example, the Correlation Rule Name is Subinterface.
5. In the Author attribute, enter a name that identifies the person who is creating the Correlation Rule.
In this example, HP Network Node Manager is the Author name to identify this Correlation Rule as
one that NNMi provides.
6. Make sure Enabled
is checked to indicate the NNMi Causal Engine should use this Correlation
Rule when evaluating incidents.
7. To use an existing Parent Incident, do the following:
a. In the Parent Incident Lookup Field, select
incident configurations.
b. Click the
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Quick Find to select from the list of existing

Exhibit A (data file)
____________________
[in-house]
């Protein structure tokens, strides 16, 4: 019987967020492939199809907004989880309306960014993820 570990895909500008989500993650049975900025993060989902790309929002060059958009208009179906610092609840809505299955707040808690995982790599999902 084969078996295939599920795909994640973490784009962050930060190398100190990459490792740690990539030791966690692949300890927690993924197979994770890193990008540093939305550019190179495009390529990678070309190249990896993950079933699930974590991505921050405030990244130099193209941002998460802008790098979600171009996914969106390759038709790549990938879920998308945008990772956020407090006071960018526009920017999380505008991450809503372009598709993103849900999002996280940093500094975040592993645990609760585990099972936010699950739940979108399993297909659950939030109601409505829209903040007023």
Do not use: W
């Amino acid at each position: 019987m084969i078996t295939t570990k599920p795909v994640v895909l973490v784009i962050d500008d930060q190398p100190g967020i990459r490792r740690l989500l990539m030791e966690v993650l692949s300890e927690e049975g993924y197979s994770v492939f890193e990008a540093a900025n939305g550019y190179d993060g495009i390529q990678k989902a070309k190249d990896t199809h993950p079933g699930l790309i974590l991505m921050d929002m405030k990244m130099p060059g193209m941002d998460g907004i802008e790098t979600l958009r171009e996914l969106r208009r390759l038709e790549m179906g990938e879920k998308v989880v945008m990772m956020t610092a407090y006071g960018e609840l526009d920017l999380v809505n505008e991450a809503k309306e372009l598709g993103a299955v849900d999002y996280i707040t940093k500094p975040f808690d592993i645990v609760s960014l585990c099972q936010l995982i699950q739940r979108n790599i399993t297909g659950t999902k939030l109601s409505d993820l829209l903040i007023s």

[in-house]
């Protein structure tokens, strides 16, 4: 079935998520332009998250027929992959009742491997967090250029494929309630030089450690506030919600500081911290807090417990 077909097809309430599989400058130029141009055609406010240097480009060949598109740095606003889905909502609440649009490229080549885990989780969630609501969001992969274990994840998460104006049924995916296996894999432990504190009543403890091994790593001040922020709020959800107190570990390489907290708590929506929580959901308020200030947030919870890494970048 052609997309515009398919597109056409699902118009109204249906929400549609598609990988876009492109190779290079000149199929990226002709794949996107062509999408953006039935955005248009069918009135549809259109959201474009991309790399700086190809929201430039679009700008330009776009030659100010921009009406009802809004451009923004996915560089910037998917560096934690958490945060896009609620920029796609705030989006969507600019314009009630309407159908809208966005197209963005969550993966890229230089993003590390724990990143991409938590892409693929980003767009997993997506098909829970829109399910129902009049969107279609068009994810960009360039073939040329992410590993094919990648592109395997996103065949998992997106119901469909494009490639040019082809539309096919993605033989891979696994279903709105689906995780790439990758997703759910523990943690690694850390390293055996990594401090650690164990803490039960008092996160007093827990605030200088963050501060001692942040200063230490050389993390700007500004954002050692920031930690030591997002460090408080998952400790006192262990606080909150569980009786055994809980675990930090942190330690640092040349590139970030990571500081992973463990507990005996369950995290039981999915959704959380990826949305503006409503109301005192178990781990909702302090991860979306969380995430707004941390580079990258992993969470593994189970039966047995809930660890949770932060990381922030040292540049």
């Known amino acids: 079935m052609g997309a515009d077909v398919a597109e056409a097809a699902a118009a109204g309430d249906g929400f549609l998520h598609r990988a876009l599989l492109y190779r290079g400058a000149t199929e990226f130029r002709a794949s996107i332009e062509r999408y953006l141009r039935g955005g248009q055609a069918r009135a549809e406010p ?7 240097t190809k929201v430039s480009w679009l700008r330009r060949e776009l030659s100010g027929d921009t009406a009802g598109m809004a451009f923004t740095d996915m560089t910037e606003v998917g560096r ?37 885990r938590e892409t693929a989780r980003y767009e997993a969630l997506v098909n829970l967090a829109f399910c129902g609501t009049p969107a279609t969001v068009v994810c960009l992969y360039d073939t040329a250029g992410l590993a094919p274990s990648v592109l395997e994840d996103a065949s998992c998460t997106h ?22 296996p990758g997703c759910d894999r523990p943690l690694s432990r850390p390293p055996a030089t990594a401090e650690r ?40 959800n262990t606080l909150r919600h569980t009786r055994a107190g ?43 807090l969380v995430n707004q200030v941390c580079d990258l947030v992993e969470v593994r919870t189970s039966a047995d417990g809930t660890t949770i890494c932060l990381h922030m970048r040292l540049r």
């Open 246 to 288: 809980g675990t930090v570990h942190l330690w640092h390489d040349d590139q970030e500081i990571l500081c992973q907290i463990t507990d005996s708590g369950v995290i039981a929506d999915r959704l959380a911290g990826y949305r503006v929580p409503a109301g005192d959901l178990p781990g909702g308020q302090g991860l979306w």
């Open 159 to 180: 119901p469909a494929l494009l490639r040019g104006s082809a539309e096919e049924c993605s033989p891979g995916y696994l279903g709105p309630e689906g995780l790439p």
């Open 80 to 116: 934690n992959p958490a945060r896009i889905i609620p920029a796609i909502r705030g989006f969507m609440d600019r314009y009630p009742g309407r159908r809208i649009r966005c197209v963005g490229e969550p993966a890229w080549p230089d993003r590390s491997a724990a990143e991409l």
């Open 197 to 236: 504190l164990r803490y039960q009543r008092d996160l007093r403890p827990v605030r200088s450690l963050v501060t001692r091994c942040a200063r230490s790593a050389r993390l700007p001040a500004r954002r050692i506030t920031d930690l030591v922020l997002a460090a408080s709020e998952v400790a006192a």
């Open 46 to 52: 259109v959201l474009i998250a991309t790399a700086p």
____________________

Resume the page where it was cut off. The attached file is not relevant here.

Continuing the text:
Select This Item icon that precedes the incident configuration that must match an
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incoming incident and that should be correlated as the Parent Incident for the Custom
Correlation.
In the Subinterface Correlation Rule, the InterfaceDown incident configuration was selected
as the Parent Incident.
8. Select the Incident Configuration that must match an incoming incident and that should be correlated
as the Child Incident for the Custom Correlation.
In the Subinterface Correlation Rule, the InterfaceDown incident configuration was also selected as
the Child Incident.
9. In the Correlation Duration Window attribute, enter the time limit (in days, hours, minutes, and
seconds) that must be reached before the incoming incident are correlated. The Subinterface
Correlation Rule specifies a Correlation Window Duration of 6 minutes.
10. Use the Description attribute to provide additional information that you would like to store about the